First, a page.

Tonight's premiere of the new Dallas has me nostalgic for my soaps, All My Children, One Life To Live, Dynasty, Knots Landing. Televisions line up is chock full of talk shows and reality shows. They can be entertaining, but it can get tiresome. I miss the days of scripted dramas, with twists and turns and ball gowns with shoulder pads. In honor of tonight's Dallas comeback. I am re-blogging a post I wrote a while ago about my soap love.
An Ode to Classic Television Soaps and 41 Years of “All My Children”
So, in addition to my many varied entertainment addictions, is my sometimes secret shame.... Daytime Soaps. Yes that's right, I said it. Most people who know me, would call me a TV snob. I'd like to say I'm a connoisseur of sorts. I respect the art of good storytelling and cannot be convinced to watch a show because it's popular, if it's just not there.
This is why I've always found it hard to defend my 30 year love affair with Pine Valley. I mean I've heard all the complaints, they're too predictable, too far-fetched, the writing is bad, the acting is bad. Then there are the stereotypes for soap watchers, I recently came across one study that said “Typically, soap viewers have been equally condemned and stereotyped for their addiction to this so-called mindless form of entertainment. Early accounts of the radio-soap listeners envisage groups of educationally backward, emotionally and socially deprived women, all eagerly tuning in to their favourite serial. The typical listener was thought to be a lower-class housewife, using soaps as a form of escapism from mundane isolation in the home and an indisputable source of advise on personal problems” [Buckingham, 1987 : 5] Seriously? This doesn't make you want to wave your Soap Fan Flag. I will admit I have occasionally had the same complaints about my beloved soaps. I've laughed derisively at ridiculous plots and thrown the remote down in disgust and vowed at least 2 times a week, to never watch this bull^&*@ again!
So why did the prospect of soap (that I've watched maybe weekly at best for the last few years) leave me in genuine tears? This is before I even tuned in to watch the last two weeks of episodes. Now that I've had a few days to recover and analyze it, I think I've figured out why. Of course, I love it for all the typical reasons: mindless entertainment, the escapism, melodramatic romances, all the corniness you expect from a soap. But its been more than that to me. Soaps were always on in my house when I was young, My mother and grandmother were both ABC soap fans ( though they've both long since stopped watching). I can remember the first day I actually paid attention to them. In November 1981 my mom picked me up from Kindergarten, and she rushed back to my grandmother's house, I can remember my mother and grandmother shushing me repeatedly, while they stared at the screen as they watched Luke and Laura's iconic wedding. Out of boredom and maybe some curiosity I watched too. I'd like to say I was so blown away by what I saw that it made me a fan for life, but that's a lie. Gimme a break I was five years old. What I do remember is the connection I felt between them as they watched and discussed the epic episode. They bonded as they watched “their show”. I wanted to be a part of that. So I pretended it was my show too. Until one day it actually was. I turned to ABC Channel 7 everyday at 1 pm on every summer vacation, every sick day, every school holiday.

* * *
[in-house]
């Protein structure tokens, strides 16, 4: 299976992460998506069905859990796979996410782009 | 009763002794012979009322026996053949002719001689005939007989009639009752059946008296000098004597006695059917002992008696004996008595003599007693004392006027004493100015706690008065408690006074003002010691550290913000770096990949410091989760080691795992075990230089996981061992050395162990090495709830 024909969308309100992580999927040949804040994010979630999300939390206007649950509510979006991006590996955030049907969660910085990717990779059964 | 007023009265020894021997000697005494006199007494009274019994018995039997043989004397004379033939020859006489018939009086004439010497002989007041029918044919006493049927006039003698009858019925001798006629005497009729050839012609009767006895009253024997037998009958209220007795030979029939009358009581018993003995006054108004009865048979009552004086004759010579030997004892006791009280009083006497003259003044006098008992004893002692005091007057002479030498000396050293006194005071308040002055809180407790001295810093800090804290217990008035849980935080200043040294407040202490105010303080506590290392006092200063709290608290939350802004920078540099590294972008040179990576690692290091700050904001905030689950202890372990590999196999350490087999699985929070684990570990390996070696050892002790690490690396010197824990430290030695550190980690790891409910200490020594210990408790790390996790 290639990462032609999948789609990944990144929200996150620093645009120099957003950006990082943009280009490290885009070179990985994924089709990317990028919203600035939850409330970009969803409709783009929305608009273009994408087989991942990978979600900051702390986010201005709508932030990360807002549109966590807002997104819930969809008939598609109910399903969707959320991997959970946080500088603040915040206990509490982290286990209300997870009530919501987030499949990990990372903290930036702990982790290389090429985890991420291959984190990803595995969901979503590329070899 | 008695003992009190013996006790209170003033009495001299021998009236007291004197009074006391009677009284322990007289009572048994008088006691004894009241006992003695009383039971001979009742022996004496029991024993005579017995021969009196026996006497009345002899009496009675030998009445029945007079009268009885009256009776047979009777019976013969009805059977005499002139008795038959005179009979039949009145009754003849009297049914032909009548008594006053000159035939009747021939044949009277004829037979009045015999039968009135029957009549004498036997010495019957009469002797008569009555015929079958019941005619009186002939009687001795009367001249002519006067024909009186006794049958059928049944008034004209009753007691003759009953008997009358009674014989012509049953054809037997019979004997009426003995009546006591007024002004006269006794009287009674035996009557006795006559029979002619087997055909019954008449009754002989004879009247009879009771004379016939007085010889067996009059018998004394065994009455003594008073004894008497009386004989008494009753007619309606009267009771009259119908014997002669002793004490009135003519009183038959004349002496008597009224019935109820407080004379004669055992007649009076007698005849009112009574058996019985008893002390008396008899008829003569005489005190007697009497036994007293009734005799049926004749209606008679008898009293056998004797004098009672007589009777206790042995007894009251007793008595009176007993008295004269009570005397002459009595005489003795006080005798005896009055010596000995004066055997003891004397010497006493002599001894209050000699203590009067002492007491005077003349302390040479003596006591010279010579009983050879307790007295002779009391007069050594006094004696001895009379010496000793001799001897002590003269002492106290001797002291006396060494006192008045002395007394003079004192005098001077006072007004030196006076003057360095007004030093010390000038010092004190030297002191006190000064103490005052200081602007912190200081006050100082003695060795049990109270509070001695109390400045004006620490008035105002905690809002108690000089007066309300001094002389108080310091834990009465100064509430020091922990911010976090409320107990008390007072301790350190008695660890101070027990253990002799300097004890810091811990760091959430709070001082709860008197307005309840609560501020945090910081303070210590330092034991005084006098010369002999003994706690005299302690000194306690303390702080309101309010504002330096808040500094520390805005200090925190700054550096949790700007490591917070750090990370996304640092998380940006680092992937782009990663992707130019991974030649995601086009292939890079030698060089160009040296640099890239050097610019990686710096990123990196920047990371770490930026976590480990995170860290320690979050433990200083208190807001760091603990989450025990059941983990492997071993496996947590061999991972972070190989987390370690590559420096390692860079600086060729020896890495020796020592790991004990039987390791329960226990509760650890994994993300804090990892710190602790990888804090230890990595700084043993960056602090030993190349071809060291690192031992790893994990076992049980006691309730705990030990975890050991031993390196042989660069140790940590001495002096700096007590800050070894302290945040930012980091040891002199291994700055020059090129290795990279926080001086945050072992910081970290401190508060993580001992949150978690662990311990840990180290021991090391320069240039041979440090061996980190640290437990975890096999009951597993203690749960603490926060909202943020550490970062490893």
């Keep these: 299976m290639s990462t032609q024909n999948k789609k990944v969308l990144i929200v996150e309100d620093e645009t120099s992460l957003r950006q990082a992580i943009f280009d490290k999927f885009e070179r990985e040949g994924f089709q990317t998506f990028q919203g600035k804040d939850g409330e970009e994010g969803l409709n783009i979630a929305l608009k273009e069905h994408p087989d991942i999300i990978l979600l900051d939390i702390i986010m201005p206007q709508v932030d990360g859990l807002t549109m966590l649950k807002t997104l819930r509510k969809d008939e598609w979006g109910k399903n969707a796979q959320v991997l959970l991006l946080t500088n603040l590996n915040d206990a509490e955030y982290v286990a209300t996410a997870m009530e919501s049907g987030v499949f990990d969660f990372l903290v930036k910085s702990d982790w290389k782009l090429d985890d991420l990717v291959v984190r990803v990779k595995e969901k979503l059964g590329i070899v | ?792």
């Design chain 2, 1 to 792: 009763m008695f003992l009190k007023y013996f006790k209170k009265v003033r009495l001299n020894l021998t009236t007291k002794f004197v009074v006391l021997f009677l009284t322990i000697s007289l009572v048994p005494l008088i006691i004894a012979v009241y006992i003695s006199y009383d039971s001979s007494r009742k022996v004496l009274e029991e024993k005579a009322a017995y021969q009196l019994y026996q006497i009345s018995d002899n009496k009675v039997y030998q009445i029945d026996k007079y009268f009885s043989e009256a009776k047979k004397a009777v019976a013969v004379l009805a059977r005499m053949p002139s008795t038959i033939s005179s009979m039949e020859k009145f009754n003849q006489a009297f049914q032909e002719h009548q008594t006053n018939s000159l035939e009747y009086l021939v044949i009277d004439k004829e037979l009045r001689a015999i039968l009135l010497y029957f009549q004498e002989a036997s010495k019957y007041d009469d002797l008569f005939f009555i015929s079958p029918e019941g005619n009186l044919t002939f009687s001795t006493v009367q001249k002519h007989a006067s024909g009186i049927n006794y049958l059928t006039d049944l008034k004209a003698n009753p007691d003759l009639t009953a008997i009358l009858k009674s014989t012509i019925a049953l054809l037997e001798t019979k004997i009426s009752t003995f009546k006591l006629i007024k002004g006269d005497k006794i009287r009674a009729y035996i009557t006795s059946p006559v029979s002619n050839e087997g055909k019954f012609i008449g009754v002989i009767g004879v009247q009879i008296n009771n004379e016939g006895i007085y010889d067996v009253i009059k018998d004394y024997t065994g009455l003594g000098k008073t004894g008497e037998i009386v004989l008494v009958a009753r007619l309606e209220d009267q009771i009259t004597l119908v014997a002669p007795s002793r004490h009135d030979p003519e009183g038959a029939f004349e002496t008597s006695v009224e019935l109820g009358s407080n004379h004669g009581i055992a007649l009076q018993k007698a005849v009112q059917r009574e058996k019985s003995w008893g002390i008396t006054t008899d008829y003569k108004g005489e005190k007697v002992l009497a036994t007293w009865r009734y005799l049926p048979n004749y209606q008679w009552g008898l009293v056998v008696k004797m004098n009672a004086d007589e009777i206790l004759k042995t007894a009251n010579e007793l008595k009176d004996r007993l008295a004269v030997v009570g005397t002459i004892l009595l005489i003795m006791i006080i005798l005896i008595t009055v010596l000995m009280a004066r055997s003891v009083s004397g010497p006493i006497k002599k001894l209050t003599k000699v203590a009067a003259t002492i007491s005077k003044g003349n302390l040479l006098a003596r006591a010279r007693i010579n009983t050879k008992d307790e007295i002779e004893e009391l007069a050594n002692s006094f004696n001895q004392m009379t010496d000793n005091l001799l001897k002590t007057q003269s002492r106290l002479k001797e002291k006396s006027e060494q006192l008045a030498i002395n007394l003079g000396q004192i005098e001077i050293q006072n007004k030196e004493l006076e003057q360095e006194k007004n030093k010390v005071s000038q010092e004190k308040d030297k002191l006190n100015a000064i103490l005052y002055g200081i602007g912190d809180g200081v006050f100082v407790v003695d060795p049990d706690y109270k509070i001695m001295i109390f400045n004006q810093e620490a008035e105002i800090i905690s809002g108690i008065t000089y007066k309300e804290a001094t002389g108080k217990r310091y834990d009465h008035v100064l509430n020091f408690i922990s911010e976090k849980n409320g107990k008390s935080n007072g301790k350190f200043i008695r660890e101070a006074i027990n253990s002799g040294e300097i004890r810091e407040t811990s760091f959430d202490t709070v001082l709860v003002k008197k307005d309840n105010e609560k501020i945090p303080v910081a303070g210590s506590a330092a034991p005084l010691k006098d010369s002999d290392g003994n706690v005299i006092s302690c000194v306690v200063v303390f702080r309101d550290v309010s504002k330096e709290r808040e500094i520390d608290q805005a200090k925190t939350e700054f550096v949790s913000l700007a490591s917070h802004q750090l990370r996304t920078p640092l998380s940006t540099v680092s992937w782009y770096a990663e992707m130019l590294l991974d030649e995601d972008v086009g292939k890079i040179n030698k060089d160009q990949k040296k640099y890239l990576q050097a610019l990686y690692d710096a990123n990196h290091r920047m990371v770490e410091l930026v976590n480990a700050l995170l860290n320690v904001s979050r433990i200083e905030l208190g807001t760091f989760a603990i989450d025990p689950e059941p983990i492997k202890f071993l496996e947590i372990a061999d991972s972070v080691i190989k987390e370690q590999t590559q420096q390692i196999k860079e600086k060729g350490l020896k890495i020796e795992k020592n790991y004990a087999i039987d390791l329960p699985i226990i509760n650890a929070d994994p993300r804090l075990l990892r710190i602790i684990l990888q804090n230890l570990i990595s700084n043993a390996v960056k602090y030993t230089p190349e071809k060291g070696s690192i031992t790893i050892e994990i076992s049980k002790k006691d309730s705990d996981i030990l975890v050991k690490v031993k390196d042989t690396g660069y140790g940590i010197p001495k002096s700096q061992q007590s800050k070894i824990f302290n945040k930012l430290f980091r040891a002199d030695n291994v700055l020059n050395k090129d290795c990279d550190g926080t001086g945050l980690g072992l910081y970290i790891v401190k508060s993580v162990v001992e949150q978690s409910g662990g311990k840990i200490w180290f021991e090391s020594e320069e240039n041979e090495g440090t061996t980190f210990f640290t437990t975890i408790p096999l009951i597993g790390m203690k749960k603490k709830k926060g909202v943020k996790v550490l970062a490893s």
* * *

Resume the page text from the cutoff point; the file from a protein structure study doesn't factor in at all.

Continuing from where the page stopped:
By the time I got to high school I started taping them. They became a part of my life through their sheer consistency. Even if I ignored them, for weeks or months at at time, while I became engrossed in new friends, new boyfriends and new activities whenever I looked for them, they were still there waiting, as if they knew eventually, I’d be back. I didn' t need a reintroduction. There was no awkward reunion. In the space of a day or maybe two, It would be like I never left. I've heard people reminisce on the music soundtrack of their youth. I think I have a ABC Soap film reel of my youth.
And as fantastical and over the top as they were, they taught me so much, I was pulled from my seemingly important teenage dramas of grades and cheer-leading and boyfriends, into stories involving serious issues, my school and friends and family weren't talking about, like cancer, mental illness, rape, drug addiction and homophobia. As I raged and cried and suffered along with my favorite characters, I was exposed to issues that would one day touch my life. And I wouldn't be lying if I said it gave me empathy and a perspective at an earlier age than a lot of my peers. But I didn't just learn from their tragedies. I watched characters go from enemies to super couples and I learned to give people second chances. I watched the under dog characters that no one believes in anymore climb out of well or save the day and shock ( well not really) everyone and I learned perseverance. I watched con men, murderers and rapists save lives, selflessly sacrifice themselves or bring another beloved character back from the dead and I learned the power of redemption. I watched soul mates die ( sometimes 2 or 3 times) and come back to each other and I saw love's undying devotion. And they never let me down. They were always there, waiting to give me exactly what I didn’t even know I needed on that particular day. So I cried for more than an entertaining TV show, more than a deeply ingrained habit, I cried for my friends, these characters that have lived in my head and heart for thirty years, making me laugh, cry and throw the remote.
Good Bye “All My Children” I'll miss you.